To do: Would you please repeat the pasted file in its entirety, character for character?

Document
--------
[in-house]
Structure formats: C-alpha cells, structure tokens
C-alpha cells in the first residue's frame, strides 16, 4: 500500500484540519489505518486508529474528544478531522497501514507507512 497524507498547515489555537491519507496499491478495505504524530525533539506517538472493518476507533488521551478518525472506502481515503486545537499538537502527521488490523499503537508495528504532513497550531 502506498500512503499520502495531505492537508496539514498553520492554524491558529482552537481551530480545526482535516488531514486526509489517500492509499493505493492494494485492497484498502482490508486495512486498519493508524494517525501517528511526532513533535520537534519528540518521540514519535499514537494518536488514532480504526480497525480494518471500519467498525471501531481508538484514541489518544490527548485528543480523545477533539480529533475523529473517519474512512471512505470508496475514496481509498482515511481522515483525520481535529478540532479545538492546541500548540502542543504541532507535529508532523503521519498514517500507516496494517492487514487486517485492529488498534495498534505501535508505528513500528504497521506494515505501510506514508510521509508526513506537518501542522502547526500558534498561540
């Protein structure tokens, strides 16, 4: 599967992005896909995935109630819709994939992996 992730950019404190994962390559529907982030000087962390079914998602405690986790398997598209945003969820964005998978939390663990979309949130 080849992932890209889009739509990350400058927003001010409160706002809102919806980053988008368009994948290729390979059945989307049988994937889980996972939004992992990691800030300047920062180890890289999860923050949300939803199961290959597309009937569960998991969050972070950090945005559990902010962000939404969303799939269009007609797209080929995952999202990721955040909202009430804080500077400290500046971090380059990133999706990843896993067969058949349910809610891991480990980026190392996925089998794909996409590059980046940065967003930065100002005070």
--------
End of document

[in-house]
Structure formats: C-alpha cells, structure tokens
C-alpha cells in the first residue's frame, strides 16, 4: 500500500484540519489505518486508529474528544478531522497501514507507512 497524507498547515489555537491519507496499491478495505504524530525533539506517538472493518476507533488521551478518525472506502481515503486545537499538537502527521488490523499503537508495528504532513497550531 502506498500512503499520502495531505492537508496539514498553520492554524491558529482552537481551530480545526482535516488531514486526509489517500492509499493505493492494494485492497484498502482490508486495512486498519493508524494517525501517528511526532513533535520537534519528540518521540514519535499514537494518536488514532480504526480497525480494518471500519467498525471501531481508538484514541489518544490527548485528543480523545477533539480529533475523529473517519474512512471512505470508496475514496481509498482515511481522515483525520481535529478540532479545538492546541500548540502542543504541532507535529508532523503521519498514517500507516496494517492487514487486517485492529488498534495498534505501535508505528513500528504497521506494515505501510506514508510521509508526513506537518501542522502547526500558534498561540
């Protein structure tokens, strides 16, 4: 599967992005896909995935109630819709994939992996 992730950019404190994962390559529907982030000087962390079914998602405690986790398997598209945003969820964005998978939390663990979309949130 080849992932890209889009739509990350400058927003001010409160706002809102919806980053988008368009994948290729390979059945989307049988994937889980996972939004992992990691800030300047920062180890890289999860923050949300939803199961290959597309009937569960998991969050972070950090945005559990902010962000939404969303799939269009007609797209080929995952999202990721955040909202009430804080500077400290500046971090380059990133999706990843896993067969058949349910809610891991480990980026190392996925089998794909996409590059980046940065967003930065100002005070």